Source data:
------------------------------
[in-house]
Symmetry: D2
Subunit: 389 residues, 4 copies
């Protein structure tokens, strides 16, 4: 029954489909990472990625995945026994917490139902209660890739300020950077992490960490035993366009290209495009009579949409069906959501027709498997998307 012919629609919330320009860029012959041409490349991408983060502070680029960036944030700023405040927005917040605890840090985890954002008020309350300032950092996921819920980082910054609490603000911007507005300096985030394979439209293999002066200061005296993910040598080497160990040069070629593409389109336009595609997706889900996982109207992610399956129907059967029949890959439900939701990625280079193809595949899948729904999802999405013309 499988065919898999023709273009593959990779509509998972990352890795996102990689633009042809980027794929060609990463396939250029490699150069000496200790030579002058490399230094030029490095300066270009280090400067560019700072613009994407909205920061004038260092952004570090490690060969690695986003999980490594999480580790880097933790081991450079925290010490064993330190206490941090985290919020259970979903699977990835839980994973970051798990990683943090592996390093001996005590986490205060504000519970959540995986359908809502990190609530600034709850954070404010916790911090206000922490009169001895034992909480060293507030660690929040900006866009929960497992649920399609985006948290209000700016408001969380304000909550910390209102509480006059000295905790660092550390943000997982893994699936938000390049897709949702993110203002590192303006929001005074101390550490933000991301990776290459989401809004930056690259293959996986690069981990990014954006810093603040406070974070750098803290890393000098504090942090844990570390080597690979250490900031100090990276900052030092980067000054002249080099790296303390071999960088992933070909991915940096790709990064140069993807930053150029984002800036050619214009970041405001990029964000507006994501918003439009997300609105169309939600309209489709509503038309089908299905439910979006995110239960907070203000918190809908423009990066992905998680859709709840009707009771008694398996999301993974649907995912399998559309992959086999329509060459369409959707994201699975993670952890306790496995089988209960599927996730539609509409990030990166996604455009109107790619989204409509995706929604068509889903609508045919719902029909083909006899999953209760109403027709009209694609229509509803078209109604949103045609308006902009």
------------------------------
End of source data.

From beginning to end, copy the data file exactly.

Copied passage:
[in-house]
Symmetry: D2
Subunit: 389 residues, 4 copies
């Protein structure tokens, strides 16, 4: 029954489909990472990625995945026994917490139902209660890739300020950077992490960490035993366009290209495009009579949409069906959501027709498997998307 012919629609919330320009860029012959041409490349991408983060502070680029960036944030700023405040927005917040605890840090985890954002008020309350300032950092996921819920980082910054609490603000911007507005300096985030394979439209293999002066200061005296993910040598080497160990040069070629593409389109336009595609997706889900996982109207992610399956129907059967029949890959439900939701990625280079193809595949899948729904999802999405013309 499988065919898999023709273009593959990779509509998972990352890795996102990689633009042809980027794929060609990463396939250029490699150069000496200790030579002058490399230094030029490095300066270009280090400067560019700072613009994407909205920061004038260092952004570090490690060969690695986003999980490594999480580790880097933790081991450079925290010490064993330190206490941090985290919020259970979903699977990835839980994973970051798990990683943090592996390093001996005590986490205060504000519970959540995986359908809502990190609530600034709850954070404010916790911090206000922490009169001895034992909480060293507030660690929040900006866009929960497992649920399609985006948290209000700016408001969380304000909550910390209102509480006059000295905790660092550390943000997982893994699936938000390049897709949702993110203002590192303006929001005074101390550490933000991301990776290459989401809004930056690259293959996986690069981990990014954006810093603040406070974070750098803290890393000098504090942090844990570390080597690979250490900031100090990276900052030092980067000054002249080099790296303390071999960088992933070909991915940096790709990064140069993807930053150029984002800036050619214009970041405001990029964000507006994501918003439009997300609105169309939600309209489709509503038309089908299905439910979006995110239960907070203000918190809908423009990066992905998680859709709840009707009771008694398996999301993974649907995912399998559309992959086999329509060459369409959707994201699975993670952890306790496995089988209960599927996730539609509409990030990166996604455009109107790619989204409509995706929604068509889903609508045919719902029909083909006899999953209760109403027709009209694609229509509803078209109604949103045609308006902009």